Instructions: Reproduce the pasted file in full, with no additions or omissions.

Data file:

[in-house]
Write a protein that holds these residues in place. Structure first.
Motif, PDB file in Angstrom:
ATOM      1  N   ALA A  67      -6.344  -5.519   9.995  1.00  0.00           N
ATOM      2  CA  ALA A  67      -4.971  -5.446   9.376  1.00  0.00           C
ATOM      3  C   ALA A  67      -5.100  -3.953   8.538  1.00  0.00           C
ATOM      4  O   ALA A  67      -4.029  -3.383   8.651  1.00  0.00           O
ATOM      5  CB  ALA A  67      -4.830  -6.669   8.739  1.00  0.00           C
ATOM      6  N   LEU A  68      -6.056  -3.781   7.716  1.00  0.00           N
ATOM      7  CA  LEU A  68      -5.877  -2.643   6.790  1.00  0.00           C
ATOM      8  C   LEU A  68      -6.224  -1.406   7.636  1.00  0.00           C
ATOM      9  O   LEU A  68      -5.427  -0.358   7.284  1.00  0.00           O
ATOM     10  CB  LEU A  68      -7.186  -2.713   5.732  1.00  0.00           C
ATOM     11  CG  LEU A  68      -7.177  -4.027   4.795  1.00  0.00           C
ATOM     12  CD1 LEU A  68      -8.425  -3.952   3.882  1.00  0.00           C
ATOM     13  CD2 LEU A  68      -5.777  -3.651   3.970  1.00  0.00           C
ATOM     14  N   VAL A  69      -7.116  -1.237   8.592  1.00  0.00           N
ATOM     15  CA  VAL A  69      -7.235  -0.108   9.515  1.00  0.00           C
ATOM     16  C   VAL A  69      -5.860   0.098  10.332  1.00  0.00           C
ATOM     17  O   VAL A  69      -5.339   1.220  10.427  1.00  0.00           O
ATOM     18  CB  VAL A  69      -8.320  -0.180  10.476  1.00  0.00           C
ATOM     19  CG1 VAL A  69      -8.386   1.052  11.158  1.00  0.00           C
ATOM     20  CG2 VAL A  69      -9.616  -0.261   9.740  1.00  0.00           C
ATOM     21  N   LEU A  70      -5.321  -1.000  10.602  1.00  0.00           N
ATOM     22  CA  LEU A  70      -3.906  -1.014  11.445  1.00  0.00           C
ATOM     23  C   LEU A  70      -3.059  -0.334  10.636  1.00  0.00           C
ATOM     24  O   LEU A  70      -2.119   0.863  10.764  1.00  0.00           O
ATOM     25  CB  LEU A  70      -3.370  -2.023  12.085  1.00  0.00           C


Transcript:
[in-house]
Write a protein that holds these residues in place. Structure first.
Motif, PDB file in Angstrom:
ATOM      1  N   ALA A  67      -6.344  -5.519   9.995  1.00  0.00           N
ATOM      2  CA  ALA A  67      -4.971  -5.446   9.376  1.00  0.00           C
ATOM      3  C   ALA A  67      -5.100  -3.953   8.538  1.00  0.00           C
ATOM      4  O   ALA A  67      -4.029  -3.383   8.651  1.00  0.00           O
ATOM      5  CB  ALA A  67      -4.830  -6.669   8.739  1.00  0.00           C
ATOM      6  N   LEU A  68      -6.056  -3.781   7.716  1.00  0.00           N
ATOM      7  CA  LEU A  68      -5.877  -2.643   6.790  1.00  0.00           C
ATOM      8  C   LEU A  68      -6.224  -1.406   7.636  1.00  0.00           C
ATOM      9  O   LEU A  68      -5.427  -0.358   7.284  1.00  0.00           O
ATOM     10  CB  LEU A  68      -7.186  -2.713   5.732  1.00  0.00           C
ATOM     11  CG  LEU A  68      -7.177  -4.027   4.795  1.00  0.00           C
ATOM     12  CD1 LEU A  68      -8.425  -3.952   3.882  1.00  0.00           C
ATOM     13  CD2 LEU A  68      -5.777  -3.651   3.970  1.00  0.00           C
ATOM     14  N   VAL A  69      -7.116  -1.237   8.592  1.00  0.00           N
ATOM     15  CA  VAL A  69      -7.235  -0.108   9.515  1.00  0.00           C
ATOM     16  C   VAL A  69      -5.860   0.098  10.332  1.00  0.00           C
ATOM     17  O   VAL A  69      -5.339   1.220  10.427  1.00  0.00           O
ATOM     18  CB  VAL A  69      -8.320  -0.180  10.476  1.00  0.00           C
ATOM     19  CG1 VAL A  69      -8.386   1.052  11.158  1.00  0.00           C
ATOM     20  CG2 VAL A  69      -9.616  -0.261   9.740  1.00  0.00           C
ATOM     21  N   LEU A  70      -5.321  -1.000  10.602  1.00  0.00           N
ATOM     22  CA  LEU A  70      -3.906  -1.014  11.445  1.00  0.00           C
ATOM     23  C   LEU A  70      -3.059  -0.334  10.636  1.00  0.00           C
ATOM     24  O   LEU A  70      -2.119   0.863  10.764  1.00  0.00           O
ATOM     25  CB  LEU A  70      -3.370  -2.023  12.085  1.00  0.00           C